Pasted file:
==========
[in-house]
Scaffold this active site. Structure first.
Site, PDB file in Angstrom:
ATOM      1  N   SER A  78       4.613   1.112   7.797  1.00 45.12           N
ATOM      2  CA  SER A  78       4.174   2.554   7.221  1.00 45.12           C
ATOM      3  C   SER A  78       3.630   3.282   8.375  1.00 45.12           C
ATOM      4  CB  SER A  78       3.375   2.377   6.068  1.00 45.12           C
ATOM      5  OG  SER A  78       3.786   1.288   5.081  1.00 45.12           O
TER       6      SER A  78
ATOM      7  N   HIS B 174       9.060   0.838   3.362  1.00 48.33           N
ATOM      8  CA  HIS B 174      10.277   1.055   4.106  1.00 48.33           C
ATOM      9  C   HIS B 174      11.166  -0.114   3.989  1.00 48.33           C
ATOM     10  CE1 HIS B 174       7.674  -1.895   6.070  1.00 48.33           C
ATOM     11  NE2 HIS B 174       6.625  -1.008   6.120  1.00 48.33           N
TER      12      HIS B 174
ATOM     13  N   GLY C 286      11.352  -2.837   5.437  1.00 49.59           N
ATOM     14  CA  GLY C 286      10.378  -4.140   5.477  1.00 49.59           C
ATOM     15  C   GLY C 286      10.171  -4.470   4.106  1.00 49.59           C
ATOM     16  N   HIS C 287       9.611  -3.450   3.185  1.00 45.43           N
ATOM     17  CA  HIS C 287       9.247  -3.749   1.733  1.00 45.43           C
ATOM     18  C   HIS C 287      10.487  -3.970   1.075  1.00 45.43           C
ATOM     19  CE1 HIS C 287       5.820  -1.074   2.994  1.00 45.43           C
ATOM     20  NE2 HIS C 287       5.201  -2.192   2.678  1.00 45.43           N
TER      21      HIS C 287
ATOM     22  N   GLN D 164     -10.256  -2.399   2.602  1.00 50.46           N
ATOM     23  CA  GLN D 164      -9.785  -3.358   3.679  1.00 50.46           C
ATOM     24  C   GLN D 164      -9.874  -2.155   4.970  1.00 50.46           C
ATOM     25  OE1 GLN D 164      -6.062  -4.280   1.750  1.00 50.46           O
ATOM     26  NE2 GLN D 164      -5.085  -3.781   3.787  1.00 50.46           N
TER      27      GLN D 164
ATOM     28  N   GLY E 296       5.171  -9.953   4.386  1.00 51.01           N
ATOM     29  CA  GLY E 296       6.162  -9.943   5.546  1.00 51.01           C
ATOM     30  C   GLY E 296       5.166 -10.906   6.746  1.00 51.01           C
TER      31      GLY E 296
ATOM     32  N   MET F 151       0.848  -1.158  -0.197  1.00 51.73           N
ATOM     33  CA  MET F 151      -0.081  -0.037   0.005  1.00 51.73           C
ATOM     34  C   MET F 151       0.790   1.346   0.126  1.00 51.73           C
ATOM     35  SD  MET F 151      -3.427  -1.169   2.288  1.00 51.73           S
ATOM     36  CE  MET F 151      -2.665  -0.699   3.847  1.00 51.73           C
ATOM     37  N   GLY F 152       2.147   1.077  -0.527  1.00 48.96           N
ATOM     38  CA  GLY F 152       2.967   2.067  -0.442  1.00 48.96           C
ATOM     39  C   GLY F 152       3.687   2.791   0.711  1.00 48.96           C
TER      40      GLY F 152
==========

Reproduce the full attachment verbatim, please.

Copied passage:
[in-house]
Scaffold this active site. Structure first.
Site, PDB file in Angstrom:
ATOM      1  N   SER A  78       4.613   1.112   7.797  1.00 45.12           N
ATOM      2  CA  SER A  78       4.174   2.554   7.221  1.00 45.12           C
ATOM      3  C   SER A  78       3.630   3.282   8.375  1.00 45.12           C
ATOM      4  CB  SER A  78       3.375   2.377   6.068  1.00 45.12           C
ATOM      5  OG  SER A  78       3.786   1.288   5.081  1.00 45.12           O
TER       6      SER A  78
ATOM      7  N   HIS B 174       9.060   0.838   3.362  1.00 48.33           N
ATOM      8  CA  HIS B 174      10.277   1.055   4.106  1.00 48.33           C
ATOM      9  C   HIS B 174      11.166  -0.114   3.989  1.00 48.33           C
ATOM     10  CE1 HIS B 174       7.674  -1.895   6.070  1.00 48.33           C
ATOM     11  NE2 HIS B 174       6.625  -1.008   6.120  1.00 48.33           N
TER      12      HIS B 174
ATOM     13  N   GLY C 286      11.352  -2.837   5.437  1.00 49.59           N
ATOM     14  CA  GLY C 286      10.378  -4.140   5.477  1.00 49.59           C
ATOM     15  C   GLY C 286      10.171  -4.470   4.106  1.00 49.59           C
ATOM     16  N   HIS C 287       9.611  -3.450   3.185  1.00 45.43           N
ATOM     17  CA  HIS C 287       9.247  -3.749   1.733  1.00 45.43           C
ATOM     18  C   HIS C 287      10.487  -3.970   1.075  1.00 45.43           C
ATOM     19  CE1 HIS C 287       5.820  -1.074   2.994  1.00 45.43           C
ATOM     20  NE2 HIS C 287       5.201  -2.192   2.678  1.00 45.43           N
TER      21      HIS C 287
ATOM     22  N   GLN D 164     -10.256  -2.399   2.602  1.00 50.46           N
ATOM     23  CA  GLN D 164      -9.785  -3.358   3.679  1.00 50.46           C
ATOM     24  C   GLN D 164      -9.874  -2.155   4.970  1.00 50.46           C
ATOM     25  OE1 GLN D 164      -6.062  -4.280   1.750  1.00 50.46           O
ATOM     26  NE2 GLN D 164      -5.085  -3.781   3.787  1.00 50.46           N
TER      27      GLN D 164
ATOM     28  N   GLY E 296       5.171  -9.953   4.386  1.00 51.01           N
ATOM     29  CA  GLY E 296       6.162  -9.943   5.546  1.00 51.01           C
ATOM     30  C   GLY E 296       5.166 -10.906   6.746  1.00 51.01           C
TER      31      GLY E 296
ATOM     32  N   MET F 151       0.848  -1.158  -0.197  1.00 51.73           N
ATOM     33  CA  MET F 151      -0.081  -0.037   0.005  1.00 51.73           C
ATOM     34  C   MET F 151       0.790   1.346   0.126  1.00 51.73           C
ATOM     35  SD  MET F 151      -3.427  -1.169   2.288  1.00 51.73           S
ATOM     36  CE  MET F 151      -2.665  -0.699   3.847  1.00 51.73           C
ATOM     37  N   GLY F 152       2.147   1.077  -0.527  1.00 48.96           N
ATOM     38  CA  GLY F 152       2.967   2.067  -0.442  1.00 48.96           C
ATOM     39  C   GLY F 152       3.687   2.791   0.711  1.00 48.96           C
TER      40      GLY F 152